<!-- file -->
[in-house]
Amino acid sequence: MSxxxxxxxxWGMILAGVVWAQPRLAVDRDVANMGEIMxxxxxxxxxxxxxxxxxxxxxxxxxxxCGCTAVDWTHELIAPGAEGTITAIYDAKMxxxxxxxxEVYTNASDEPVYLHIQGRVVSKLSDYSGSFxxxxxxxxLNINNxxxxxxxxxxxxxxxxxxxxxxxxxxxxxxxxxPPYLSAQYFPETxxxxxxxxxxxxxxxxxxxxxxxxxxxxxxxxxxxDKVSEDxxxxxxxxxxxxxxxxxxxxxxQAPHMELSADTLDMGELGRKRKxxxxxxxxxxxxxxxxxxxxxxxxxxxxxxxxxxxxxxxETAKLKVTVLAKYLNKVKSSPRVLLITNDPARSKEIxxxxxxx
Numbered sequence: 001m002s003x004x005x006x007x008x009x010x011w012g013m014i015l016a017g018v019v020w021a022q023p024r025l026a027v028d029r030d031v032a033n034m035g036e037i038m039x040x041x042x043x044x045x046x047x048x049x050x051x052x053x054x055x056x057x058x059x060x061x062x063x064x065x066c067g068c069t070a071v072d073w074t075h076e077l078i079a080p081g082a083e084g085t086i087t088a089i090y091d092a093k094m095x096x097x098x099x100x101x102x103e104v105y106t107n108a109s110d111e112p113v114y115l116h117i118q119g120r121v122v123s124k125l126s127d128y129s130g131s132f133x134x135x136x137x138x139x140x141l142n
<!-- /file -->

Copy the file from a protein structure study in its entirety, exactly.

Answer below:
[in-house]
Amino acid sequence: MSxxxxxxxxWGMILAGVVWAQPRLAVDRDVANMGEIMxxxxxxxxxxxxxxxxxxxxxxxxxxxCGCTAVDWTHELIAPGAEGTITAIYDAKMxxxxxxxxEVYTNASDEPVYLHIQGRVVSKLSDYSGSFxxxxxxxxLNINNxxxxxxxxxxxxxxxxxxxxxxxxxxxxxxxxxPPYLSAQYFPETxxxxxxxxxxxxxxxxxxxxxxxxxxxxxxxxxxxDKVSEDxxxxxxxxxxxxxxxxxxxxxxQAPHMELSADTLDMGELGRKRKxxxxxxxxxxxxxxxxxxxxxxxxxxxxxxxxxxxxxxxETAKLKVTVLAKYLNKVKSSPRVLLITNDPARSKEIxxxxxxx
Numbered sequence: 001m002s003x004x005x006x007x008x009x010x011w012g013m014i015l016a017g018v019v020w021a022q023p024r025l026a027v028d029r030d031v032a033n034m035g036e037i038m039x040x041x042x043x044x045x046x047x048x049x050x051x052x053x054x055x056x057x058x059x060x061x062x063x064x065x066c067g068c069t070a071v072d073w074t075h076e077l078i079a080p081g082a083e084g085t086i087t088a089i090y091d092a093k094m095x096x097x098x099x100x101x102x103e104v105y106t107n108a109s110d111e112p113v114y115l116h117i118q119g120r121v122v123s124k125l126s127d128y129s130g131s132f133x134x135x136x137x138x139x140x141l142n